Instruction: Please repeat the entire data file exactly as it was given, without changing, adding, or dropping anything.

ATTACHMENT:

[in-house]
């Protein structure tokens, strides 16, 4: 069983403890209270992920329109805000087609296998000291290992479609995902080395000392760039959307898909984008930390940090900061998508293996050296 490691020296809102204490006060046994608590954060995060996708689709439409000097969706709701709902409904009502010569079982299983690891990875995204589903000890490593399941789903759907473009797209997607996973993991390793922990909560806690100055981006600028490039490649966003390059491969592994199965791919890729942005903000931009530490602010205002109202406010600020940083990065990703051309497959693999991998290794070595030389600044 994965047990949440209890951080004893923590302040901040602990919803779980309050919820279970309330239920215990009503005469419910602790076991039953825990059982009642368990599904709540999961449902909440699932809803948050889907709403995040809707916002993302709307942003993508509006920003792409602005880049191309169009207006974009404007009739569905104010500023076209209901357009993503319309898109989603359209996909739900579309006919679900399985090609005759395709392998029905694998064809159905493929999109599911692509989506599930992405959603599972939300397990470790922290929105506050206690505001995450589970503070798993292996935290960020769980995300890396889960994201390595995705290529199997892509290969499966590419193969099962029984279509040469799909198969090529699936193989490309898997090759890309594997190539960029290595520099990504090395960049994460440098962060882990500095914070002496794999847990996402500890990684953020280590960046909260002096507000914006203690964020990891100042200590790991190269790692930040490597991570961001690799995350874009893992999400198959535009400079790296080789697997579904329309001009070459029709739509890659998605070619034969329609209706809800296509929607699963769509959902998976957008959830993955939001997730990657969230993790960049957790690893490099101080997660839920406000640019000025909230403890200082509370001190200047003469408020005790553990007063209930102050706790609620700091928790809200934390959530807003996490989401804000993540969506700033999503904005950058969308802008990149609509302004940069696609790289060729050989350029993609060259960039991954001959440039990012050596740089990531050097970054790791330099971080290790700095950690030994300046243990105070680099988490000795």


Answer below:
[in-house]
């Protein structure tokens, strides 16, 4: 069983403890209270992920329109805000087609296998000291290992479609995902080395000392760039959307898909984008930390940090900061998508293996050296 490691020296809102204490006060046994608590954060995060996708689709439409000097969706709701709902409904009502010569079982299983690891990875995204589903000890490593399941789903759907473009797209997607996973993991390793922990909560806690100055981006600028490039490649966003390059491969592994199965791919890729942005903000931009530490602010205002109202406010600020940083990065990703051309497959693999991998290794070595030389600044 994965047990949440209890951080004893923590302040901040602990919803779980309050919820279970309330239920215990009503005469419910602790076991039953825990059982009642368990599904709540999961449902909440699932809803948050889907709403995040809707916002993302709307942003993508509006920003792409602005880049191309169009207006974009404007009739569905104010500023076209209901357009993503319309898109989603359209996909739900579309006919679900399985090609005759395709392998029905694998064809159905493929999109599911692509989506599930992405959603599972939300397990470790922290929105506050206690505001995450589970503070798993292996935290960020769980995300890396889960994201390595995705290529199997892509290969499966590419193969099962029984279509040469799909198969090529699936193989490309898997090759890309594997190539960029290595520099990504090395960049994460440098962060882990500095914070002496794999847990996402500890990684953020280590960046909260002096507000914006203690964020990891100042200590790991190269790692930040490597991570961001690799995350874009893992999400198959535009400079790296080789697997579904329309001009070459029709739509890659998605070619034969329609209706809800296509929607699963769509959902998976957008959830993955939001997730990657969230993790960049957790690893490099101080997660839920406000640019000025909230403890200082509370001190200047003469408020005790553990007063209930102050706790609620700091928790809200934390959530807003996490989401804000993540969506700033999503904005950058969308802008990149609509302004940069696609790289060729050989350029993609060259960039991954001959440039990012050596740089990531050097970054790791330099971080290790700095950690030994300046243990105070680099988490000795």